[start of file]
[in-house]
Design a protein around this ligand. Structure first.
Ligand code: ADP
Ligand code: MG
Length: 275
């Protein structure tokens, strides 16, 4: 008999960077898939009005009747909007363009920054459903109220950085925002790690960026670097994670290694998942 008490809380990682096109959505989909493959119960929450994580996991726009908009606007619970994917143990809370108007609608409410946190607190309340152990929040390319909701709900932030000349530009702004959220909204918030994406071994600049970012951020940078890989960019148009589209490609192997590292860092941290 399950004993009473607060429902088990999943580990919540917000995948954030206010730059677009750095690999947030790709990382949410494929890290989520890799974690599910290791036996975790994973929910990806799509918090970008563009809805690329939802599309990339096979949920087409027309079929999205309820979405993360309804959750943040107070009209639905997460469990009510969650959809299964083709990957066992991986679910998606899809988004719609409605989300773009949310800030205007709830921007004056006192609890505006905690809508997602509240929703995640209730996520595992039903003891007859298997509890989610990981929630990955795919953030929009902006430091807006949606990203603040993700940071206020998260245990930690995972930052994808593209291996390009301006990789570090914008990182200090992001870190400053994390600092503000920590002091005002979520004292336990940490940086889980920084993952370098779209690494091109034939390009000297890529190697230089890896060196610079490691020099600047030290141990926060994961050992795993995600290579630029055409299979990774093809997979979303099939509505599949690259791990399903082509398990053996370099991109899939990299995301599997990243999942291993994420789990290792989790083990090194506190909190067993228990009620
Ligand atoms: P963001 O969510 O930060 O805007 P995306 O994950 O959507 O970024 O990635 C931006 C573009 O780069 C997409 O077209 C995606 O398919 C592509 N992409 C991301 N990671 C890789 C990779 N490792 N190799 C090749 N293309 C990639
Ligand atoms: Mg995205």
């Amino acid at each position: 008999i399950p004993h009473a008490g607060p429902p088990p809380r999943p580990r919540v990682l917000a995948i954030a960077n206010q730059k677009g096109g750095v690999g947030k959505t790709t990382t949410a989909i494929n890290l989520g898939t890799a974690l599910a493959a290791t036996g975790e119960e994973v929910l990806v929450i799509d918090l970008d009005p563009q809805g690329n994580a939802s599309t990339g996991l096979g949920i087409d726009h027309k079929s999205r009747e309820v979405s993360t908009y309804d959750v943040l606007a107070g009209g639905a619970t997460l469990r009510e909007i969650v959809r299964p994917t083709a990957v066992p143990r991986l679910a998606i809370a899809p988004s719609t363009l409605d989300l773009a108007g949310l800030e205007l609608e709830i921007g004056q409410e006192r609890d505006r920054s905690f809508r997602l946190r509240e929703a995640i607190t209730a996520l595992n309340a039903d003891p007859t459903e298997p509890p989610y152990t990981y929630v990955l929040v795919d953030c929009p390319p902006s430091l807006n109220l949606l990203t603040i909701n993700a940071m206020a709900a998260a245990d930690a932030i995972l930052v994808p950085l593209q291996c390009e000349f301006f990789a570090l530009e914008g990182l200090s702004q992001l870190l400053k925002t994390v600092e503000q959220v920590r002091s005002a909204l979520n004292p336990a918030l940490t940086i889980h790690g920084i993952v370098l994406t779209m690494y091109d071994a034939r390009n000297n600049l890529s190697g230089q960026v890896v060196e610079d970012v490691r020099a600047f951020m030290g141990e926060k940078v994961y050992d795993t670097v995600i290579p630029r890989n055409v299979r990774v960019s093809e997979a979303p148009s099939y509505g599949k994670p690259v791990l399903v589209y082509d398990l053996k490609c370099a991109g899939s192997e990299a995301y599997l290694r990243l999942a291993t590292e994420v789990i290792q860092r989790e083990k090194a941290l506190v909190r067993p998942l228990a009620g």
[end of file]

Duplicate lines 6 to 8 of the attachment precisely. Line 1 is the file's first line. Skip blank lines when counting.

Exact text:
């Protein structure tokens, strides 16, 4: 008999960077898939009005009747909007363009920054459903109220950085925002790690960026670097994670290694998942 008490809380990682096109959505989909493959119960929450994580996991726009908009606007619970994917143990809370108007609608409410946190607190309340152990929040390319909701709900932030000349530009702004959220909204918030994406071994600049970012951020940078890989960019148009589209490609192997590292860092941290 399950004993009473607060429902088990999943580990919540917000995948954030206010730059677009750095690999947030790709990382949410494929890290989520890799974690599910290791036996975790994973929910990806799509918090970008563009809805690329939802599309990339096979949920087409027309079929999205309820979405993360309804959750943040107070009209639905997460469990009510969650959809299964083709990957066992991986679910998606899809988004719609409605989300773009949310800030205007709830921007004056006192609890505006905690809508997602509240929703995640209730996520595992039903003891007859298997509890989610990981929630990955795919953030929009902006430091807006949606990203603040993700940071206020998260245990930690995972930052994808593209291996390009301006990789570090914008990182200090992001870190400053994390600092503000920590002091005002979520004292336990940490940086889980920084993952370098779209690494091109034939390009000297890529190697230089890896060196610079490691020099600047030290141990926060994961050992795993995600290579630029055409299979990774093809997979979303099939509505599949690259791990399903082509398990053996370099991109899939990299995301599997990243999942291993994420789990290792989790083990090194506190909190067993228990009620
Ligand atoms: P963001 O969510 O930060 O805007 P995306 O994950 O959507 O970024 O990635 C931006 C573009 O780069 C997409 O077209 C995606 O398919 C592509 N992409 C991301 N990671 C890789 C990779 N490792 N190799 C090749 N293309 C990639
Ligand atoms: Mg995205």